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Lovari
Languages
Para-Romani
Religion
Christianity (predominately Catholicism and Orthodox Christianity)[1]
Related ethnic groups
Other Romani peoples

Lovari ("horse-dealer", from Hungarian "ló", horse) is a subgroup of the Romani people, who speak their own dialect, influenced by Hungarian and West Slavic dialects. They live predominantly throughout Central Europe (Hungary, Poland, Slovakia, the Czech Republic, and Germany)[2] as well as in Southeastern Europe (Romania, Croatia, and northern Serbia).[3][4]

Ethnology

The Lovari are a Romani people who speak a dialect influenced by Hungarian and West Slavic dialects. Their language is classified under Vlax Romani.[5] The Lovari are further divided into the Machvaya, named after the Mačva region, which they settled from modern day Hungary.

Employment

Historically, their trade is horse-trading and fortune-telling.

Customs

Lovari's traditional costume is based on traditional Central European Romani national costumes and is seldom used nowadays. They also have very strict contamination customs.

Diaspora

Tucson, Arizona and Hamilton, Ontario house large numbers of Machvaya. They can be found living in countries including The United States, Canada, Brazil and the United Kingdom.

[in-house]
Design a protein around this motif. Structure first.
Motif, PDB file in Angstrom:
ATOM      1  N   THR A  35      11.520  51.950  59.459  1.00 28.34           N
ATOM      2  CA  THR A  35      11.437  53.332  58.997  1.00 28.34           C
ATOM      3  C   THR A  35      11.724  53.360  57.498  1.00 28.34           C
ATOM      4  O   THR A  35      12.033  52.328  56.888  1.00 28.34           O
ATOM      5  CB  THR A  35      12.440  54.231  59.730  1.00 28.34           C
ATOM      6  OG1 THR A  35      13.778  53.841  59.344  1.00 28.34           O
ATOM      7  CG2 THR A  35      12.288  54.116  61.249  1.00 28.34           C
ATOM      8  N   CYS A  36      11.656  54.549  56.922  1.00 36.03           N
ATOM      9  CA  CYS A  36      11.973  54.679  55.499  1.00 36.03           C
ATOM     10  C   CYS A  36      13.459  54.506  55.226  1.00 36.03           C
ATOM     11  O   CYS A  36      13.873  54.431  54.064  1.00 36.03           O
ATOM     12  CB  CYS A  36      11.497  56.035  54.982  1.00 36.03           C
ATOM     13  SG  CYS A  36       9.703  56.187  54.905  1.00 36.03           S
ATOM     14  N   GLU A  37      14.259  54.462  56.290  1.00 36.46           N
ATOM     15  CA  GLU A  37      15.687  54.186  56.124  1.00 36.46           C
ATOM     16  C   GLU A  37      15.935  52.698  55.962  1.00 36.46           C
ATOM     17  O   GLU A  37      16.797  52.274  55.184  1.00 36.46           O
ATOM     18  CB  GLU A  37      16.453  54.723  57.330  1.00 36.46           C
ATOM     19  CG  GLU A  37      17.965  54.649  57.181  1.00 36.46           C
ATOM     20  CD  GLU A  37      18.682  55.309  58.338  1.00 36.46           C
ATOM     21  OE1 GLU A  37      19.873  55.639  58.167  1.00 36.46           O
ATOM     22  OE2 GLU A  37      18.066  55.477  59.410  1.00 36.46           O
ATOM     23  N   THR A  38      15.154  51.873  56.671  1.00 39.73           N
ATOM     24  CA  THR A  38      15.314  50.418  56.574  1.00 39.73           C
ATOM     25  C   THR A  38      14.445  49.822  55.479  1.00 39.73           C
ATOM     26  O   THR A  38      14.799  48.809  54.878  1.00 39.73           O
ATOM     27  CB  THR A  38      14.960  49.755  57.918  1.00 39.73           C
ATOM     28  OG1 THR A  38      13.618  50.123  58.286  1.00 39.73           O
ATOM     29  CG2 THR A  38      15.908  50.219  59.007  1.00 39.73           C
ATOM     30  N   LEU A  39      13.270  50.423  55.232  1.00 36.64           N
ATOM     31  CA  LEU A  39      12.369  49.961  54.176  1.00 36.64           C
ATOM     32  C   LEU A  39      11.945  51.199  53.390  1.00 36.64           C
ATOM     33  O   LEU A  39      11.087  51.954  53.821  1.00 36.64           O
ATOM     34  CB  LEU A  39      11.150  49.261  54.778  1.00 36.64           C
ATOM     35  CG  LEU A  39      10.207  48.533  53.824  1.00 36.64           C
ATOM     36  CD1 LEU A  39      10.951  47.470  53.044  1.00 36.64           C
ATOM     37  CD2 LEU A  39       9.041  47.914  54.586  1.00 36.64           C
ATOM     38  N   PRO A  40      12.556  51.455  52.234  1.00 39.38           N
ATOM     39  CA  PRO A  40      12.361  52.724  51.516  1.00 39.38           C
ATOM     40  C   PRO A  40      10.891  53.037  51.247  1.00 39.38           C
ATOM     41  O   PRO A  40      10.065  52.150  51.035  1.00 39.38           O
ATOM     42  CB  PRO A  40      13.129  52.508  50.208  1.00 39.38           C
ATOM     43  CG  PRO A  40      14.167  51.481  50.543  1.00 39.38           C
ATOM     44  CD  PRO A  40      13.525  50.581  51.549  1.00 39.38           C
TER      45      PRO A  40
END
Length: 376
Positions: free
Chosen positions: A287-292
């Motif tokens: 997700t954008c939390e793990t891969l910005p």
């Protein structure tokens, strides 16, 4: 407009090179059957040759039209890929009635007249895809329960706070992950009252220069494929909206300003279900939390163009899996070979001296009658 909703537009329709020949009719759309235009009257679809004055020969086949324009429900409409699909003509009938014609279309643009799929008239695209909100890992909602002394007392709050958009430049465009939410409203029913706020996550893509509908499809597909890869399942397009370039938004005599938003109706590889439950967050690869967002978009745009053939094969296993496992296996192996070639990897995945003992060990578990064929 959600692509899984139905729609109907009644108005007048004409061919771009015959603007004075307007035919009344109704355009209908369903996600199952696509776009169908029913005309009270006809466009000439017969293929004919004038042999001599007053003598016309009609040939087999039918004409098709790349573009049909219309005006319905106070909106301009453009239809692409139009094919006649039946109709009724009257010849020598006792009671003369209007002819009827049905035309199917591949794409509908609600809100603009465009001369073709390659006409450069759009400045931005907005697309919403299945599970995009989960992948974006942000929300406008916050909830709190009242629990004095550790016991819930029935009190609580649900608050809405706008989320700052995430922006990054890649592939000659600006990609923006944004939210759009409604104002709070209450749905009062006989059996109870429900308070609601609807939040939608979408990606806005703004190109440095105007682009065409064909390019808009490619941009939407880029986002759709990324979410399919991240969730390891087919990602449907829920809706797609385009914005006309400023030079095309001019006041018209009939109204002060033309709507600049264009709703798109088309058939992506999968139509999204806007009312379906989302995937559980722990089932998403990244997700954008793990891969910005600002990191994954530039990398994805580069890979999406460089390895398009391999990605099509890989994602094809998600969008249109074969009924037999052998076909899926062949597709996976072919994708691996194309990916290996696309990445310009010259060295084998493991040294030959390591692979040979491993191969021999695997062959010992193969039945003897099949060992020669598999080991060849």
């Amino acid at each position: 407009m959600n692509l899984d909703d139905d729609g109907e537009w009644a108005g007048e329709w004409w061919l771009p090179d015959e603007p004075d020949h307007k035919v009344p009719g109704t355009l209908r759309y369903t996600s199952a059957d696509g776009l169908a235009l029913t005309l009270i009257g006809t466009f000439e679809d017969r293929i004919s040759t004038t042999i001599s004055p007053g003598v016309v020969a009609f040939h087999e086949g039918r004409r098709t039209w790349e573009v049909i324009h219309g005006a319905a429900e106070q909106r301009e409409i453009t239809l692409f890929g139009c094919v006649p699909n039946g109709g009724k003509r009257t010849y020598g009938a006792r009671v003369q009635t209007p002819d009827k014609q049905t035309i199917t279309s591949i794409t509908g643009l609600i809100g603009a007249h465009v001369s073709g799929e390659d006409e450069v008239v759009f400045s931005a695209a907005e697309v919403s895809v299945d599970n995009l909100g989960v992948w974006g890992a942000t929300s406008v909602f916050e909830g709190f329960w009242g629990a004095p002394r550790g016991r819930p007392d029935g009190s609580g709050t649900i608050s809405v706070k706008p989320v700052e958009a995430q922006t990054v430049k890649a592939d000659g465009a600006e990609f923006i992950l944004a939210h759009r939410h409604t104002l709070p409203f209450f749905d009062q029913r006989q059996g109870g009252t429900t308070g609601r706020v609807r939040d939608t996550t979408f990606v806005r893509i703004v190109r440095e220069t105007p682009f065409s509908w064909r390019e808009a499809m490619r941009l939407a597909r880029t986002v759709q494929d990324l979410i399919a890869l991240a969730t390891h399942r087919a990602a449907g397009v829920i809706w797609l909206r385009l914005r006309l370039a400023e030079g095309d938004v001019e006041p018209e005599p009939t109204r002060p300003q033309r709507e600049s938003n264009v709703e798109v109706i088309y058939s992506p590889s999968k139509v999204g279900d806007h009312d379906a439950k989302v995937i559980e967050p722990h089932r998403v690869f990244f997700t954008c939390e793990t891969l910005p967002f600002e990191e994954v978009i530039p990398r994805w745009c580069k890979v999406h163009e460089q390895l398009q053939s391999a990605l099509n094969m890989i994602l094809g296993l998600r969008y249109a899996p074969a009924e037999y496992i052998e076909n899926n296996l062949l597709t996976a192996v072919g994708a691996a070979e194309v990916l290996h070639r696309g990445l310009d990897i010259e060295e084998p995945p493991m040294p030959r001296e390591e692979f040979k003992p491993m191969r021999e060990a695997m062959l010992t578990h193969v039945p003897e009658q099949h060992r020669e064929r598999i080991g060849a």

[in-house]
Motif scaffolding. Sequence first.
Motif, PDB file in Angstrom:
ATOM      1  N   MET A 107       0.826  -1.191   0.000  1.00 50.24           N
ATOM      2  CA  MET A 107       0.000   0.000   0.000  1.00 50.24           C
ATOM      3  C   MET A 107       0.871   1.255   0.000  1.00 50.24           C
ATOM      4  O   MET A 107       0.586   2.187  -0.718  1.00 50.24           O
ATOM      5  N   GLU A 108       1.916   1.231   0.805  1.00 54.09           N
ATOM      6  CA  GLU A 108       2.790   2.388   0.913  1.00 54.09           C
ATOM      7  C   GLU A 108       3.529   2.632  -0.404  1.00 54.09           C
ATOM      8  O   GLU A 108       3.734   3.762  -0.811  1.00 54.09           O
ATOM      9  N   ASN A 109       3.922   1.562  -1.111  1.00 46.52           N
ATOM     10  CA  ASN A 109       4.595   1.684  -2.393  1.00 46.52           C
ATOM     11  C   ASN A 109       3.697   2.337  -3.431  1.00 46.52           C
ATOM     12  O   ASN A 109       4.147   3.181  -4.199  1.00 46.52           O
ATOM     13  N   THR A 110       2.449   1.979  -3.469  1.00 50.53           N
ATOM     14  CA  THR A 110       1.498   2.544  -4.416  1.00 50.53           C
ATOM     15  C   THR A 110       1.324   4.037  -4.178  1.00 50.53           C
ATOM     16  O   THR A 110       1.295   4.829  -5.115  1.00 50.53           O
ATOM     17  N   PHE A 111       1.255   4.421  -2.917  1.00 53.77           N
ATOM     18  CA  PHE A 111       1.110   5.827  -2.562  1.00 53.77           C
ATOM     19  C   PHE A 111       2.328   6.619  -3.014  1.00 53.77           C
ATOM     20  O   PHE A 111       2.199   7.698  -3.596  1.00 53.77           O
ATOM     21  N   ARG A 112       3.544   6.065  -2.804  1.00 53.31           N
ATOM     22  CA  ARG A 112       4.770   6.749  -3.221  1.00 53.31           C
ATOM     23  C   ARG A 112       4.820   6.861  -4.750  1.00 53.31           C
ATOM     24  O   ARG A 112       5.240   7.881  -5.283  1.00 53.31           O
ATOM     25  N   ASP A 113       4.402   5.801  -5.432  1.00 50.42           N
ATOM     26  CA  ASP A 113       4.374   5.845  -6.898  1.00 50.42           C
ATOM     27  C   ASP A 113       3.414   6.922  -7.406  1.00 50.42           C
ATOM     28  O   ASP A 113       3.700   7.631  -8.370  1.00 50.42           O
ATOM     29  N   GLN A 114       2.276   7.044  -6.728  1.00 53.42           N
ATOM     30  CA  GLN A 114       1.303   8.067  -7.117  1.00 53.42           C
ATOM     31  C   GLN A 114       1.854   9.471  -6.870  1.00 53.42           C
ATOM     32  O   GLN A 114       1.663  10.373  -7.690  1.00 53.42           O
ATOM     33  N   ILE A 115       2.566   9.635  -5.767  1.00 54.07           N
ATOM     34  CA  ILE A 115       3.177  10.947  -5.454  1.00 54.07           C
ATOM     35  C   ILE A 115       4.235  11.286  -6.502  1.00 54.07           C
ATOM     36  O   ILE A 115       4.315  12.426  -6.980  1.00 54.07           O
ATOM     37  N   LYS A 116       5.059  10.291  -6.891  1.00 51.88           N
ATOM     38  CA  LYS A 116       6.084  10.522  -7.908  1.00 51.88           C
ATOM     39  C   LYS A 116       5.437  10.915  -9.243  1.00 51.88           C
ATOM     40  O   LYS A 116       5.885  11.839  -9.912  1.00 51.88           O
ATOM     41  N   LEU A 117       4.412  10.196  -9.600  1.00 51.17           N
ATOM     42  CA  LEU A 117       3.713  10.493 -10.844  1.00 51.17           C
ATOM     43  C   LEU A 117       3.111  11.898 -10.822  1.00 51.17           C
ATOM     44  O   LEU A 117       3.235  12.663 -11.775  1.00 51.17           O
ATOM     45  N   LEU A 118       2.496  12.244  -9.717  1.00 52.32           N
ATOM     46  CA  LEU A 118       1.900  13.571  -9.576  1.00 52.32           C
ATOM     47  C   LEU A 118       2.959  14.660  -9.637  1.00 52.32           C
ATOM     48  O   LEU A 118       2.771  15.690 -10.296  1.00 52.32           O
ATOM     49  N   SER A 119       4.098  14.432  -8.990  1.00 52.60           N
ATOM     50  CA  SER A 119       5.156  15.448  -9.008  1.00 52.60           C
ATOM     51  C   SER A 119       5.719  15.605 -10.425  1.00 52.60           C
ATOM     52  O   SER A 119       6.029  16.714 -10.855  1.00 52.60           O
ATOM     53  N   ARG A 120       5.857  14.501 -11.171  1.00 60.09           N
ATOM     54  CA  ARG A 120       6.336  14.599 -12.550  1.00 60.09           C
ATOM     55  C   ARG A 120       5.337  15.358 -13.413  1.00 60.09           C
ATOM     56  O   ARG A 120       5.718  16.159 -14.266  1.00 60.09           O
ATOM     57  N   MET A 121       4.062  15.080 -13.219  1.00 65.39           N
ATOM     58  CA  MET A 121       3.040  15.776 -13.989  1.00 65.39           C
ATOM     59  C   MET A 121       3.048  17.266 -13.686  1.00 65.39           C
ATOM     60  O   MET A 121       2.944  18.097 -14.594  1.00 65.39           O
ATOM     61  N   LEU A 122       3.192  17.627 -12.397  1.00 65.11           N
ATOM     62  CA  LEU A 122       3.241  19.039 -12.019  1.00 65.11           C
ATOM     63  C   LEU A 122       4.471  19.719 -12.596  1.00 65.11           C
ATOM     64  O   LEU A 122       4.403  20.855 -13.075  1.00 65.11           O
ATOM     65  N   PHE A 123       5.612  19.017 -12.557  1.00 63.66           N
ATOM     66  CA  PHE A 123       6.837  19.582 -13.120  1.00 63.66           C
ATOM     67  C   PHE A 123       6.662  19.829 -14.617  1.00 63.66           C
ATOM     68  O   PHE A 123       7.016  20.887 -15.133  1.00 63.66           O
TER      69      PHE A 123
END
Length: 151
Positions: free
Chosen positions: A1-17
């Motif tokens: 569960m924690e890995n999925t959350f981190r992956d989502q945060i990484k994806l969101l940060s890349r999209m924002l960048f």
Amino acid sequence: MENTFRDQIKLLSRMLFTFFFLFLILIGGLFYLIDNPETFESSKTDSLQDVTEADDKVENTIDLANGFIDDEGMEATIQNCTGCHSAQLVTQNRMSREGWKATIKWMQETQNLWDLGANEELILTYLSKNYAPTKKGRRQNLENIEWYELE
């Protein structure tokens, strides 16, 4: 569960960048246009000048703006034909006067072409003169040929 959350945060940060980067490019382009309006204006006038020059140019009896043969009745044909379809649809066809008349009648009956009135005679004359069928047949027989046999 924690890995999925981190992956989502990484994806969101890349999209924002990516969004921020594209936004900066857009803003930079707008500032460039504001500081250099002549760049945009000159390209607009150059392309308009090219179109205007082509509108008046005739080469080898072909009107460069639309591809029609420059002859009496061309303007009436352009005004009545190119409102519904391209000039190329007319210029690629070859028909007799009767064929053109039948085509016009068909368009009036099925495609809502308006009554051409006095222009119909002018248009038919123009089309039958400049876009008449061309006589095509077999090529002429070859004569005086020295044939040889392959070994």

See also

References

  1. ^ "Первое Арбитражное Учреждение - Авторизация".
  2. ^ https://www.gitanos.org/documentos/1.1-KEN-his_HistoricalDictionaryoftheGypsies.pdf[bare URL PDF]
  3. ^ Baló, Márton András (2015). "The nominal morphology of Lovari from an analogical perspective". Acta Linguistica Hungarica. 62 (4): 395–414. doi:10.1556/064.2015.62.4.2. JSTOR 26191784.
  4. ^ Óhidy, Andrea; Forray, Katalin R. (30 September 2019). Lifelong Learning and the Roma Minority in Central and Eastern Europe. ISBN 9781838672591.
  5. ^ "Lovara [Rombase]". Rombase.uni-graz.at. Retrieved 2022-05-01.

Bibliography